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Hypothesis testing for std. deviation (SD)

  1. Dec 24, 2013 #1
    Hi,

    What I know: In a hypothesis test for the mean, we compare a sample mean with a hypothetical sampling distribution of means. And depending on how far it is away from the mean of the sampling distribution, we attribute it the probability of getting that value purely by chance.

    What I don't understand - In a hypothesis test for the SD, why don't we compare the sample SD with a sampling distribution of SDs? (instead, I have seen people using the the Chi sq. distribution)

    As per the applet on the following web page, even the sampling distribution of SDs appears normally distributed around the population SD value. So why is it not used?
    [/PLAIN] [Broken]
    http://www.stat.tamu.edu/~west/ph/sampledist.html[/URL] [Broken]

    Thanks.
     
    Last edited by a moderator: May 6, 2017
  2. jcsd
  3. Dec 28, 2013 #2

    Stephen Tashi

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    If you did that, what hypothesis would you be testing?

    It isn't clear what hypothesis you are testing. What specific problem are you talking about that was solved using the Chi square distribution?




    How did you use that applet to create a histogram of sample standard deviations?
     
    Last edited by a moderator: May 6, 2017
  4. Dec 29, 2013 #3
    Thanks Stephen,
    I am talking about the hypothesis test used to verify the standard deviation of a population.
    Here is one example.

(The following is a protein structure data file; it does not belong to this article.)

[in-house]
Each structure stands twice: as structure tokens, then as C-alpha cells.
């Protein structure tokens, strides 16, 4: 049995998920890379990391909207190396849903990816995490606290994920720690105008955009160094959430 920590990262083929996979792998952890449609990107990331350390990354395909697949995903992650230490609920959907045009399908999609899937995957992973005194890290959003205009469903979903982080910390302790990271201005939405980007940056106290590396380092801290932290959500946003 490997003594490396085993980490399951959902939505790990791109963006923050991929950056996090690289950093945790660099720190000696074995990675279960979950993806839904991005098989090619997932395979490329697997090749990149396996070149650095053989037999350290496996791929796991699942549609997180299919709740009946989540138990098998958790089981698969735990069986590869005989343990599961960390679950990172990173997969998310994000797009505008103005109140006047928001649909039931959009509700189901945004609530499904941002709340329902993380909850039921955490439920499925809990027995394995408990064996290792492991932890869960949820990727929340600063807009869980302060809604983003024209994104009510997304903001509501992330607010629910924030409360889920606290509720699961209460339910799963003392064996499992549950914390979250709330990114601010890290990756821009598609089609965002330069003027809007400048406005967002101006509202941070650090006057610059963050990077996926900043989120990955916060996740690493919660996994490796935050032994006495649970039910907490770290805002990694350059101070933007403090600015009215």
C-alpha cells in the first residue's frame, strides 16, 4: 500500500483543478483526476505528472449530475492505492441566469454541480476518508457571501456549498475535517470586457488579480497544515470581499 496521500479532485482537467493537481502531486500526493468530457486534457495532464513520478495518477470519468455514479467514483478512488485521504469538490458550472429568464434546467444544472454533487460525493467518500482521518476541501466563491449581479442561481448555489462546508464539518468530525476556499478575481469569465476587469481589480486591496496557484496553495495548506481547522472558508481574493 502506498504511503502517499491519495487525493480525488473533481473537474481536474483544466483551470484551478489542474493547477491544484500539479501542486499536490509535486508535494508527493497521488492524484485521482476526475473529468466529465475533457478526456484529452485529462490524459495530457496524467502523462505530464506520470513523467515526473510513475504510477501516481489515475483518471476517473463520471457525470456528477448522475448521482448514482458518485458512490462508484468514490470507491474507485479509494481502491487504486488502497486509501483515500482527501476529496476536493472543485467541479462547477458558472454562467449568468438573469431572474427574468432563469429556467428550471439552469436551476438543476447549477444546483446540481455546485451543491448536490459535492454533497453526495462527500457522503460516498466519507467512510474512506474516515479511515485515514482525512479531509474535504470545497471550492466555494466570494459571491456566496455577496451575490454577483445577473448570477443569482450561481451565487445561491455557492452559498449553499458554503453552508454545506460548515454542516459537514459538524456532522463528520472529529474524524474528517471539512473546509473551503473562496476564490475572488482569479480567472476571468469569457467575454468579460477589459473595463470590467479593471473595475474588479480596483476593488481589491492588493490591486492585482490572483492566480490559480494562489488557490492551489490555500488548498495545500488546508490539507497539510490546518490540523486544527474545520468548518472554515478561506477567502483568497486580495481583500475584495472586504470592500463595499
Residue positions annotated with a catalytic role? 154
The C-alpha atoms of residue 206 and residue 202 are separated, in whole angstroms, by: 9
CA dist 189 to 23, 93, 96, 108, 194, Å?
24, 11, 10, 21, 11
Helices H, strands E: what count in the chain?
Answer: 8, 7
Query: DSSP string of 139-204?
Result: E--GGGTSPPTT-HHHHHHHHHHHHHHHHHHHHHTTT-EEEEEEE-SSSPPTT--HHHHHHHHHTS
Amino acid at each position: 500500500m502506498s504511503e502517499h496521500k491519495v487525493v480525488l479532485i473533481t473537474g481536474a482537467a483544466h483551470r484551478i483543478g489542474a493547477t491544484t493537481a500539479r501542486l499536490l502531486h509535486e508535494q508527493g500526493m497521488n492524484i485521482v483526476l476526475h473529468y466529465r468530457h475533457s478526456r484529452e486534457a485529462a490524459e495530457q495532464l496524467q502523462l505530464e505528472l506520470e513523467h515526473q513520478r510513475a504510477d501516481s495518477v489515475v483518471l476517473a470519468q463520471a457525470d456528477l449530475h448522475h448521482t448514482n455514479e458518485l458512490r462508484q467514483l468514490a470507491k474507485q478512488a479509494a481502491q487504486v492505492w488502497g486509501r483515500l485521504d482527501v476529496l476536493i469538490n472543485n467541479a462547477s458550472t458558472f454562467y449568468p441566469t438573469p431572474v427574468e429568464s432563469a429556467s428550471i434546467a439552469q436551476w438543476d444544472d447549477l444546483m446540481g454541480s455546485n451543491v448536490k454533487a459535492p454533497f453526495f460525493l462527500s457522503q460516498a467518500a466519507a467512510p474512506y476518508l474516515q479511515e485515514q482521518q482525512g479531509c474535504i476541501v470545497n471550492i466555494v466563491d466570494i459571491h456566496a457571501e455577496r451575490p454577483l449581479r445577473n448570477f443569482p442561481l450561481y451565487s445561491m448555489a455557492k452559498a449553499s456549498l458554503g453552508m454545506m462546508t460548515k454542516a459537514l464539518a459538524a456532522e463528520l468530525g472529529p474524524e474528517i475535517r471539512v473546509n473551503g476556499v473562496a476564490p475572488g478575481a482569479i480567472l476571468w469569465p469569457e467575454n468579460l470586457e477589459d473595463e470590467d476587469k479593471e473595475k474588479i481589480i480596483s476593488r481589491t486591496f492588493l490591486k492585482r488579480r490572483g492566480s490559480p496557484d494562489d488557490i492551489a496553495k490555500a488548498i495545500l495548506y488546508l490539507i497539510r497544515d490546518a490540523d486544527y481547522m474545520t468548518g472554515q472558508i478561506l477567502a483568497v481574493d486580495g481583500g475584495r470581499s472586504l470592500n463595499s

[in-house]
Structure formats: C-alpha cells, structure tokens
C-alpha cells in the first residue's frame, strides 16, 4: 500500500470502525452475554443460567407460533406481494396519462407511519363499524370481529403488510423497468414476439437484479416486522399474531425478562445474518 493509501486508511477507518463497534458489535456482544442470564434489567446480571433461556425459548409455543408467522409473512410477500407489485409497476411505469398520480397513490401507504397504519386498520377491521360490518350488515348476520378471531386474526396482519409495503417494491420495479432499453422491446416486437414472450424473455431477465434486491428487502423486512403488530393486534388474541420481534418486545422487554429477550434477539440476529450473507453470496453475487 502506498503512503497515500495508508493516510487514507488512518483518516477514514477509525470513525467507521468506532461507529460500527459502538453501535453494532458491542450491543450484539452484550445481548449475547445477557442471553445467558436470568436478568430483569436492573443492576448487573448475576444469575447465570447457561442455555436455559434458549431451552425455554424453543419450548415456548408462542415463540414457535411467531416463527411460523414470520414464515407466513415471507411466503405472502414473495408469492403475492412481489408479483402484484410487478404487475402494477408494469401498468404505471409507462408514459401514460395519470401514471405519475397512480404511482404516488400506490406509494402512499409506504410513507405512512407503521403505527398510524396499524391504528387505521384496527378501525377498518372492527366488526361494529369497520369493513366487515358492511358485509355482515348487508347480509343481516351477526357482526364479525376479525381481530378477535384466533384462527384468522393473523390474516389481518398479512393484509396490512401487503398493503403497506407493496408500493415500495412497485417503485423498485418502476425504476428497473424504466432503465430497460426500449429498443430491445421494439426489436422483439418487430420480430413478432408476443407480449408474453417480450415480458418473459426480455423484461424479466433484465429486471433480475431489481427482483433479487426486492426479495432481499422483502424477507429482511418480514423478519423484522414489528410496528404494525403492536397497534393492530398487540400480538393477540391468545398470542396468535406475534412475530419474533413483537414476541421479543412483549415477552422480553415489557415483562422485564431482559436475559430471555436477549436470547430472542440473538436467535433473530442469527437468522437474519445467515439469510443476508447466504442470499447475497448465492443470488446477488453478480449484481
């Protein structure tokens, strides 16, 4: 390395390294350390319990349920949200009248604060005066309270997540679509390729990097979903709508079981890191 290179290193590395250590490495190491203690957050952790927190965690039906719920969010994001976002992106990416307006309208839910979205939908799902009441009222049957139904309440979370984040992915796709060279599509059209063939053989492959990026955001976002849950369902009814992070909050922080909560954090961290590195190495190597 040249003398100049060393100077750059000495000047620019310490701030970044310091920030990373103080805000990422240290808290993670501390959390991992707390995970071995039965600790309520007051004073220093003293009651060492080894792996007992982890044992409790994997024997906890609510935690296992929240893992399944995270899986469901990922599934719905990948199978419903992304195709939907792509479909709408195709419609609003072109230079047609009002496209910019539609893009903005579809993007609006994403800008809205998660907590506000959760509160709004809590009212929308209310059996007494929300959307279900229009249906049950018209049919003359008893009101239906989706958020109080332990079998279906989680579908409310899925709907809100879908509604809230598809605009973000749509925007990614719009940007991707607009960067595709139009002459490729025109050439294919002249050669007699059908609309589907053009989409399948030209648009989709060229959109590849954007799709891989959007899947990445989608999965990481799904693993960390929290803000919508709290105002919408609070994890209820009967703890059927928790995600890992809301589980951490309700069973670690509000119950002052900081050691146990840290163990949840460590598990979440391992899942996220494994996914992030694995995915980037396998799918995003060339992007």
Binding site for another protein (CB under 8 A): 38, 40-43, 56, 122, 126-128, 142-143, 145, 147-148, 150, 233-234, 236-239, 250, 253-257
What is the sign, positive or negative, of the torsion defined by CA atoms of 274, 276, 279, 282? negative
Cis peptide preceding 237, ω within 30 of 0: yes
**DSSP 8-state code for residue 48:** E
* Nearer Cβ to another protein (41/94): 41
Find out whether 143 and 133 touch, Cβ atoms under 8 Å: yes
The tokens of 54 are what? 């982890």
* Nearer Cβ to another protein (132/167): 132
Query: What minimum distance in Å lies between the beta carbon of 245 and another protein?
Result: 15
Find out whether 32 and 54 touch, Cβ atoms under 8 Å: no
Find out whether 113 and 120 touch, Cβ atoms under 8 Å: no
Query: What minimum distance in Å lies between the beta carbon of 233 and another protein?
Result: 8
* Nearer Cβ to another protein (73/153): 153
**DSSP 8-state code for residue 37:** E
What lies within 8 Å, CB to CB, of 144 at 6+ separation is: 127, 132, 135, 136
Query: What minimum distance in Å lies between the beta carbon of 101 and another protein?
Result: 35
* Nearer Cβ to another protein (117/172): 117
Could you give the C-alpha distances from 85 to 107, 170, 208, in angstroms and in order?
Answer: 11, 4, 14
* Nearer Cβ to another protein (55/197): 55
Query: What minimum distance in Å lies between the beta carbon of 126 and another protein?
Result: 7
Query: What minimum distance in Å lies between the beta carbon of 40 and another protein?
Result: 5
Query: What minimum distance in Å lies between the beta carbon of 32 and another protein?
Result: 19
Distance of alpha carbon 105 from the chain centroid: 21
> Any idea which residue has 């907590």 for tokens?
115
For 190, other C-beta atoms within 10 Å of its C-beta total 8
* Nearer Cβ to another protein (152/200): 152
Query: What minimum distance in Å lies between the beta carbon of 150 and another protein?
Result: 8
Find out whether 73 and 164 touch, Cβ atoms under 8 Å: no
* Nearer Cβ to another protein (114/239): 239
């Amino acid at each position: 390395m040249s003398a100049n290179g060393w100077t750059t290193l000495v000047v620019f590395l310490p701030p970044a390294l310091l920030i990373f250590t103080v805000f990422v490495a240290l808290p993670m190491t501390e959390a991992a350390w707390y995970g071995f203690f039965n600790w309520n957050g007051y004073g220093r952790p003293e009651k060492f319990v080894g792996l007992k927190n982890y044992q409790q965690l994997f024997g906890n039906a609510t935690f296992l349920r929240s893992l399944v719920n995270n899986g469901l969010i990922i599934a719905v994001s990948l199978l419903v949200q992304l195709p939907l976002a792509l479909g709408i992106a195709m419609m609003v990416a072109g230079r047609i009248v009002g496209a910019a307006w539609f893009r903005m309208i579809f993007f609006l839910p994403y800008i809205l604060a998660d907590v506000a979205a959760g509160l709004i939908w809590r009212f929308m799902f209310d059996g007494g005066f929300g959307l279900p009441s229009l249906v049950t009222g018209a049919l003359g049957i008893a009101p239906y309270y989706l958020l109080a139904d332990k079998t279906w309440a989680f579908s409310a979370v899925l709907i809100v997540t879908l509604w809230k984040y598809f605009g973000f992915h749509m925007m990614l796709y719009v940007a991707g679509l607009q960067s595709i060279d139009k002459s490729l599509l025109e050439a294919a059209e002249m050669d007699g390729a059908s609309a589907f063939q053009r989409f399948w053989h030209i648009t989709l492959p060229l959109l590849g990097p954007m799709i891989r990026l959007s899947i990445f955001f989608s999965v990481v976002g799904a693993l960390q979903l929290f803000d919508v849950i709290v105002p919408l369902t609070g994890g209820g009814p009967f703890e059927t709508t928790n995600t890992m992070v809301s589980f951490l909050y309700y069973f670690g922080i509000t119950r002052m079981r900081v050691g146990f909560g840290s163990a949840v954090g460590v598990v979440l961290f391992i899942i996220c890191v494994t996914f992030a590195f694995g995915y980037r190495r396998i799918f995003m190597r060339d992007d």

My question is why don't we use a sampling distribution of standard deviations (SD) to compare the sample SD, as we do for other statistics like mean or median. Why do we need to use the Chi Sq. statistic?
     
  5. Dec 30, 2013 #4

    Stephen Tashi

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    If f(x) is a 1-to-1 function and X is a random variable then the probability of the event X < v is the same as the probability of the event f(X) < f(v). If you are doing a hypothesis test about X and the distribution of f(X) is easiest to use then its simpler to formulate the test as a hypothesis about f(X). The sample standard deviation and the sample variance are related by a 1-to-1 function, so , when it's simpler, we can use the sample variance to test hypotheses about the sample standard deviation.

    This PDF suggests that when sampling from normal populations we might also use the distribution of the standard deviation directly:
    http://www.google.com/url?sa=t&rct=...rNp_Tb9hssxhbRQ&bvm=bv.58187178,d.aWc&cad=rja

    Different families of population distributions can have different families of sampling distributions for their sample variances and sample standard deviations. Normally distributed populations have chi-squared distributions for their sample variances. Other families of distributions may have sample variances that are not chi-squared. (So one cannot speak of "the" distribution of the sample standard deviation as if there was some type of distribution for it that applies to all situations.)
     
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